Tag Archives: Ghost

THE LAST KNOCK PRESENTS: Five Star Horror – The Scariest

The Last KnockDo you want the scariest horrors out there? Thanks to the amazing Dee Emm Elms, we have a whole new series to bring you: Five Star Horror!

That’s right, it’s all about the best of the best in the genre. So to kick it off right, we discuss the ultimate horror films that bring the fear.

Now, hide in the corner, start trembling, and keep one eye open as we bring nothing but the best damn scariest Five Star Horror films to keep us awake at night.

Of course, this show’s dedicated to Dee Emm Elms! Now check out the author’s book, Sidlings.

Thanks again, Dee Emm for the Five Star Horror suggestion!

This episode’s SCREAM OUTS from Twitter: 

@d_m_elms @Scream_Factory @michasloat @OliviaHusseyLA @AFiendOnFilm @ShoutFactory @jeffreygoldblum @palkodesigns @synapsefilms @Art_Hindle @VicsMovieDen @Oren_Peli @DavidSchmoeller @sm_henley @LinneaQuigley @iamgoreblimey @katiedianne @terry_oquinn @mastermystery7 @ArrowFilmsVideo @LoudGreenBird @blunderground @J2thecarpenter and Paul J. Williams

THE LAST KNOCK presents: Hodgepodge of Horror X

The Last KnockYes, it’s Hodgepodge of Horror X! No, not soft porn, silly head. It’s our longest running series  where we take a look at various horror film from the most recent to that old black-and-white stuff!

And on Hodgepodge of Horror X, we’re going to talk about… Well, we’re not going to tell. Listen in, be surprised, and enjoy the show. Hell, keep a list, watch the movie, and let us know what you think right here at Crash Palace.

This episode’s SCREAM OUTS from Twitter: 

@TheGlennClose @THW_Podcast @sennialn @mattdusk @MccarthyColm @SamesCarolyn @VancityReynolds @isaacrthorne @flanaganfilm @AnnThraxx @AnnaliseBasso @GuyRicketts @luluwilson @ianchampion1 @Paul_Hyett @RonGizmo @nickostler @TraCee_tr @Huckywucky @DavidWilde49 @Tippi_Hedren @RealJillyG @JamesCullenB @billoberstjr @palkodesigns @TotalZackWard @AFiendOnFilm @tomgreenlive @dixiefairy @GreggBishop @MFFHorror @Chillamson @d_m_elms @bruckmachina @RSBrzoska @judaspriest @LoudGreenBird @BillyZane @VinegarSyndrome @jadapsmith @JohnKassir @CCHPounder @Wm_Sadler @ChasFleischer @redbox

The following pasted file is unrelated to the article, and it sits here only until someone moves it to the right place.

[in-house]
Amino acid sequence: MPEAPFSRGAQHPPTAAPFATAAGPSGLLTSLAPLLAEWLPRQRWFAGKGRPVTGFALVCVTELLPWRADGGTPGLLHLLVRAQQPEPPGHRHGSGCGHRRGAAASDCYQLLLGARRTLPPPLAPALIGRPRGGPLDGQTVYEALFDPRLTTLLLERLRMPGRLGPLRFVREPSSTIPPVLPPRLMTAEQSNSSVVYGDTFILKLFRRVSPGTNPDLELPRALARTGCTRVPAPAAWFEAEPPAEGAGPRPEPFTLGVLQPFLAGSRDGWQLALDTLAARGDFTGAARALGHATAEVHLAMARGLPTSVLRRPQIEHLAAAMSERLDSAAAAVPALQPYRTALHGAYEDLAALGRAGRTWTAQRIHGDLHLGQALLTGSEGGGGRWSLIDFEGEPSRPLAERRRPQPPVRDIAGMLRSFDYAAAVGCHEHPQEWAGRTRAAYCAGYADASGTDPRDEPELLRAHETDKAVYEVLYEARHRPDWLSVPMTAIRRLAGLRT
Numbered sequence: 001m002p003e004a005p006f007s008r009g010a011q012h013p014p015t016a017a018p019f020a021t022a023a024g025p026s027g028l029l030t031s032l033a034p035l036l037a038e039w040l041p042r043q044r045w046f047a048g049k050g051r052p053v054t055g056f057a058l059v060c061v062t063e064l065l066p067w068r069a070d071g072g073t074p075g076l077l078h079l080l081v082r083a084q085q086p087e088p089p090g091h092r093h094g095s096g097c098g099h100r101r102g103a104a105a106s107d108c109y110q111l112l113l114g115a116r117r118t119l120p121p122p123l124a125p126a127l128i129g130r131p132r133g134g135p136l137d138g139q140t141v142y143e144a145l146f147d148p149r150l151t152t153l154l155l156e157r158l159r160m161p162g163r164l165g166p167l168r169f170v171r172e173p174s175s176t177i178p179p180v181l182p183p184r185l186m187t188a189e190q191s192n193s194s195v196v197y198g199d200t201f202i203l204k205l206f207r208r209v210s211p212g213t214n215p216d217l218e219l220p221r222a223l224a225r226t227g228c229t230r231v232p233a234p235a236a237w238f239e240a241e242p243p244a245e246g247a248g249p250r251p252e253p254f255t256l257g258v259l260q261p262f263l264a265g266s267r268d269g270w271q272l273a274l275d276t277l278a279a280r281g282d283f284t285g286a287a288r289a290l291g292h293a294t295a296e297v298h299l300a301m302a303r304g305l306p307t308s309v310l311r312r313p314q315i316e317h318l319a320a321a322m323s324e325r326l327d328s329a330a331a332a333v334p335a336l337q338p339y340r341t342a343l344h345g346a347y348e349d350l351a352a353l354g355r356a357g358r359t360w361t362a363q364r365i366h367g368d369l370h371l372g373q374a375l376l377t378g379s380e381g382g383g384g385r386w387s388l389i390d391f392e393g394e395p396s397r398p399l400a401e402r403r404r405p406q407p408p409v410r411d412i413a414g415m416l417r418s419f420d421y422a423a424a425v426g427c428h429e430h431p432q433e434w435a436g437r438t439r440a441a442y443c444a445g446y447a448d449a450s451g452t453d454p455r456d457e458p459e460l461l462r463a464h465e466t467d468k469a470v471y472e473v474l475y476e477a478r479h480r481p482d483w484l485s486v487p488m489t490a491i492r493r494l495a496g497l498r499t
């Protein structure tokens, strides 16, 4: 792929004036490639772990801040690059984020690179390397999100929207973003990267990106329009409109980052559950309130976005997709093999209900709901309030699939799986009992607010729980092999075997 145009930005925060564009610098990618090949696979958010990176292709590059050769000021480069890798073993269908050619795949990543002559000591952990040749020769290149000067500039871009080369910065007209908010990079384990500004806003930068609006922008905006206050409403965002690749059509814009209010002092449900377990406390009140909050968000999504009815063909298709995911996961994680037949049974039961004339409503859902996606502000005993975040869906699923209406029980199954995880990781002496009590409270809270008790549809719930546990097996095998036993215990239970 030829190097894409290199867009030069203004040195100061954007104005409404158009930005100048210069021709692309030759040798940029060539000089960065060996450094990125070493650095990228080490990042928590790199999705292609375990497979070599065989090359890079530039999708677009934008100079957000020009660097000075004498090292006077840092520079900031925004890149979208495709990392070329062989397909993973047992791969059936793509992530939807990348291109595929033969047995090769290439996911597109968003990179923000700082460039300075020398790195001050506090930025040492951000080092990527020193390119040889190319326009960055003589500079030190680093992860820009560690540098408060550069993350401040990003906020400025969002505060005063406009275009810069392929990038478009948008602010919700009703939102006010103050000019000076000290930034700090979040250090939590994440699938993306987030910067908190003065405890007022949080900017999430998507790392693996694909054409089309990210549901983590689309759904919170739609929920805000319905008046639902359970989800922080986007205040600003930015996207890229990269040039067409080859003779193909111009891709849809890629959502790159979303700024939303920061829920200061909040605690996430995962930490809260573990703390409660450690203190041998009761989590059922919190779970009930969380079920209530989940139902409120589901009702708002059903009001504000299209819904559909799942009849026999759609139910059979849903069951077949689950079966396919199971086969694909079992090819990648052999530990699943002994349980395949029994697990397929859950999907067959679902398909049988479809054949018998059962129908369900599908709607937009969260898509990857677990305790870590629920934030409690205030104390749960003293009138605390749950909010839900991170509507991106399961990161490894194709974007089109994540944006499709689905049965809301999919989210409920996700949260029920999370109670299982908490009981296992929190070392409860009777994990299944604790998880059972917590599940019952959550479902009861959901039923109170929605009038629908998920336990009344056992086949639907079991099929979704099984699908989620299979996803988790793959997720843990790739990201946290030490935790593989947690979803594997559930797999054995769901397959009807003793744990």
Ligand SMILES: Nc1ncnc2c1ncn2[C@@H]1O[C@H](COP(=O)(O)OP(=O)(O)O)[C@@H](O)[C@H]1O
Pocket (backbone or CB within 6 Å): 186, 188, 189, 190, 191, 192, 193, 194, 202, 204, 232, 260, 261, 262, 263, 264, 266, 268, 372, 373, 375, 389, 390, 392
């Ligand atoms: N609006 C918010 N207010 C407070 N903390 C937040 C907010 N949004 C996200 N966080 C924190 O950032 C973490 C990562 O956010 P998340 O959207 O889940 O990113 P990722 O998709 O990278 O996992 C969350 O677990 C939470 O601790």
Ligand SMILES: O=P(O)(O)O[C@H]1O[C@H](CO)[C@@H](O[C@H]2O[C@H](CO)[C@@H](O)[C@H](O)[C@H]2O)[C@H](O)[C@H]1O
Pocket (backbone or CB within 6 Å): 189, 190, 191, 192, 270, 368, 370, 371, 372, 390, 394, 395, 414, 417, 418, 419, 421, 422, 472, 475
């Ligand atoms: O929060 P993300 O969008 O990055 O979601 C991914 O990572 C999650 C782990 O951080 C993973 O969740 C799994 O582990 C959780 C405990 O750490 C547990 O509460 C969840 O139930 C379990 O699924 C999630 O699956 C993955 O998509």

THE LAST KNOCK presents: Interview with Ron Shaw

The Last KnockRon Shaw is a writer, author, poet, podcaster, retiree, husband, father, and the man behind Ron Shaw Media. We discuss his latest horror novel, “Uya” and its Native American origins besides bigfoot, ducks in trees, land sharks, and the haunted Victorian trunk in his garage.

Take a look at Ron’s tremendous body of work  at his author’s page on Amazon, and don’t forget to follow him on Twitter.

This episode’s SCREAM OUTS from Twitter: 

@palkodesigns @JonnyNumb @Kent_Harper @livF2 @vanyavetto @1Brandonwyse

Get Ron Shaw’s Uya with a cover from Palko Designs.

THE LAST KNOCK presents: Relocation Horror

The Last Knock

“Moving sucks,” seems to be the cry from those who must pick up all the crap in their lives and relocate. There are services to halt, houses to sell, boxes to pack, and on and on. The turmoil of uprooting and replanting can seem like an endless nightmare.

For the horror genre, those who move often find themselves in precarious positions because that new home, that new locale, may not be what it seems. There’s usually something else in that new abode that awaits fresh souls for taking. So before you pack up and move to that new place with great expectations, listen to this episode and think twice…

And supernatural forces may not have been pleased about this topic. During the recording a number of bizarre interruptions took place, and we hope you forgive any technical hiccups from the Great Beyond.

This show is dedicated to the phenomenal man, writer, editor, and director, Don Riemer of Airworthy. He came up with the relocation idea because of Billy Crash’s cross country move. We can’t thank him enough. And if you need an amazing editor for your film, you can never go wrong with Don – and that’s a Billy Crash guarantee.

This episodes SCREAM OUTS from Twitter:

@joshstolberg @aicforever @LoudGreenBird @Talk2Cleo @isaacrthorne @KeyzKeyzworth @LatashFigueroa @SamesCarolyn @Israel_Finn @RealJillyG